History of the United Netherlands, 1584-1609 Part 146
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The wonder-man of Alkmaar, Cornelius Drebbel, who performed such astounding feats for the amusement of Rudolph of Germany and James of Britain, is also supposed to have invented the thermometer and the barometer. But this claim has been disputed. The inventions of Jansens are proved.
Willebrod Snellius, mathematical professor of Leyden, introduced the true method of measuring the degrees of longitude and latitude, and Huygens, who had seen his manuscripts, asserted that Snellius had invented, before Descartes, the doctrine of refraction.
But it was especially to that noble band of heroes and martyrs, the great navigators and geographical discoverers of the republic, that science is above all indebted.
Nothing is more sublime in human story than the endurance and audacity with which those pioneers of the sixteenth and seventeenth centuries confronted the nameless horrors of either pole, in the interests of commerce, and for the direct purpose of enlarging the bounds of the human intellect.
The achievements, the sufferings, and the triumphs of Barendz and Cordes, Heemskerk, Van der Hagen, and many others, have been slightly indicated in these pages. The contributions to botany, mineralogy, geometry, geography, and zoology, of Linschoten, Plancius, Wagenaar, and Houtmann, and so many other explorers of pole and tropic, can hardly be overrated.
The Netherlanders had wrung their original fatherland out of the grasp of the ocean. They had confronted for centuries the wrath of that ancient tyrant, ever ready to seize the prey of which he had been defrauded.
They had waged fiercer and more perpetual battle with a tyranny more cruel than the tempest, with an ancient superstition more hungry than the sea. It was inevitable that a race, thus invigorated by the ocean, cradled to freedom by their conflicts with its power, and hardened almost to invincibility by their struggle against human despotism, should be foremost among the nations in the development of political, religious, and commercial freedom.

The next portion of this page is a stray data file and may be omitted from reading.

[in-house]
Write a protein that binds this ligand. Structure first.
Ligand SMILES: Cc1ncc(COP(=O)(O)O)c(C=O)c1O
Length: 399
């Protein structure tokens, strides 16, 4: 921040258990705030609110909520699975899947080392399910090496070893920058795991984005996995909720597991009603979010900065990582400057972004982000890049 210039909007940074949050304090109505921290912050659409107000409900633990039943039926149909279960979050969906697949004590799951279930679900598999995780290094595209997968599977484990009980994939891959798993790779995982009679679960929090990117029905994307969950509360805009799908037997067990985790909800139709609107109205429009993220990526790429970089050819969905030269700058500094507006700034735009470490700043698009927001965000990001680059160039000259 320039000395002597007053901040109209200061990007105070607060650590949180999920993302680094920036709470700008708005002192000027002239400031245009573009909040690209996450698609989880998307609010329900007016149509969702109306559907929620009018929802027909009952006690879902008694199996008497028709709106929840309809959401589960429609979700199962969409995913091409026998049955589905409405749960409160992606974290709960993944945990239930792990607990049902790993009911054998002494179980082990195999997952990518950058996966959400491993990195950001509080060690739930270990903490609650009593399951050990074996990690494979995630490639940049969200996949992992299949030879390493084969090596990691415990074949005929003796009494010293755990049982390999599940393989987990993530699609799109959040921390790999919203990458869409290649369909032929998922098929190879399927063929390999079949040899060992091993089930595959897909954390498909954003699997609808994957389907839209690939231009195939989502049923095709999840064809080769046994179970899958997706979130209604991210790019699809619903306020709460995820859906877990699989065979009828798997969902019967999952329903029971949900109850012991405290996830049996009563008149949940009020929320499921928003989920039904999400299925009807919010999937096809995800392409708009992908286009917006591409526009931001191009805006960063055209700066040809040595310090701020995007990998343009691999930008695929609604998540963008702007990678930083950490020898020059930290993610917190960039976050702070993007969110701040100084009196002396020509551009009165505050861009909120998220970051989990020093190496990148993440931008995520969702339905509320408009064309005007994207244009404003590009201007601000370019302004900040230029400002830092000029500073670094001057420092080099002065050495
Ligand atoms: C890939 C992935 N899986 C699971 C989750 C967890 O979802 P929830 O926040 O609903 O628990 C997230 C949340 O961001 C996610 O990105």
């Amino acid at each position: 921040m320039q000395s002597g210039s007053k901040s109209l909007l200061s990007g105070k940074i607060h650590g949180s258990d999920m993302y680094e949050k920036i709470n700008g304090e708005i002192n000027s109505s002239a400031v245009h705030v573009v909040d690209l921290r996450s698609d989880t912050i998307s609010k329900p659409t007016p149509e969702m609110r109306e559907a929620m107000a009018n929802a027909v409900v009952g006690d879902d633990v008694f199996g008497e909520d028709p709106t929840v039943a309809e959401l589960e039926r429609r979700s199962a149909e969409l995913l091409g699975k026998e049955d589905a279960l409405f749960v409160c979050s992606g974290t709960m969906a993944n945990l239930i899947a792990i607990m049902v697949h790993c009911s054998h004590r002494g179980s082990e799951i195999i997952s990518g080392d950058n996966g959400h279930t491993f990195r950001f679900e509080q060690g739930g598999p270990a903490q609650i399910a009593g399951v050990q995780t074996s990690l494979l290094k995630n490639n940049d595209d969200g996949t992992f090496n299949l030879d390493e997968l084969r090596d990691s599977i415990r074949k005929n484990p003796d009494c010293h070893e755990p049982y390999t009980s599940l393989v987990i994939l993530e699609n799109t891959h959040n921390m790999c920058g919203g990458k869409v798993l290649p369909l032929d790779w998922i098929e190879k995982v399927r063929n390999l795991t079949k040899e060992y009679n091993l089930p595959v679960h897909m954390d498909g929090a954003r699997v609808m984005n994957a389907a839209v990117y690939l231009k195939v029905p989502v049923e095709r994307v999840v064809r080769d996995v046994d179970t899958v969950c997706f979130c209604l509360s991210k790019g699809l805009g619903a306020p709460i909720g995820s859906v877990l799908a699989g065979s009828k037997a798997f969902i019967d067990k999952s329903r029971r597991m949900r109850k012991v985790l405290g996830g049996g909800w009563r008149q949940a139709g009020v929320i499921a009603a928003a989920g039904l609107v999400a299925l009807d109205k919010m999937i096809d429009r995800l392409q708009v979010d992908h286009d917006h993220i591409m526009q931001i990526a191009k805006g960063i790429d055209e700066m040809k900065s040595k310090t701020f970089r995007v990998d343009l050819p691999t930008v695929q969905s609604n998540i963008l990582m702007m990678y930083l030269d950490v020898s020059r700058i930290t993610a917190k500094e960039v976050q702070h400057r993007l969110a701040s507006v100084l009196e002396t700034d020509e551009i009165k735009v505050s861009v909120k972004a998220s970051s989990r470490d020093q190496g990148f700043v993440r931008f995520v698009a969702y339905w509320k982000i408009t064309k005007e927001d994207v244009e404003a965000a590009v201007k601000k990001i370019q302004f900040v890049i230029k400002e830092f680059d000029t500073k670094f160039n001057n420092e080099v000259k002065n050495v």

The writer now takes an affectionate farewell of those who have followed him with an indulgent sympathy as he has attempted to trace the origin and the eventful course of the Dutch commonwealth. If by his labours a generous love has been fostered for that blessing, without which everything that this earth can afford is worthless--freedom of thought, of speech, and of life--his highest wish has been fulfilled.
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About equal to that of England at the same period An unjust God, himself the origin of sin Butchery in the name of Christ was suspended Calling a peace perpetual can never make it so Chieftains are dwarfed in the estimation of followers Each in its turn becoming orthodox, and therefore persecuting Exorcising the devil by murdering his supposed victims Foremost to shake off the fetters of superstition God of vengeance, of jealousy, and of injustice Gomarites accused the Arminians of being more lax than Papists Hangman is not the most appropriate teacher of religion He often spoke of popular rights with contempt John Wier, a physician of Grave Necessity of extirpating heresy, root and branch Nowhere were so few unproductive consumers Paving the way towards atheism (by toleration) Privileged to beg, because ashamed to work Religious persecution of Protestants by Protestants So unconscious of her strength State can best defend religion by letting it alone Taxed themselves as highly as fifty per cent The People had not been invented The slightest theft was punished with the gallows Tolerate another religion that his own may be tolerated Toleration--that intolerable term of insult War to compel the weakest to follow the religion of the strongest.
History of the United Netherlands, 1584-1609 Part 146
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History of the United Netherlands, 1584-1609 Part 146 summary
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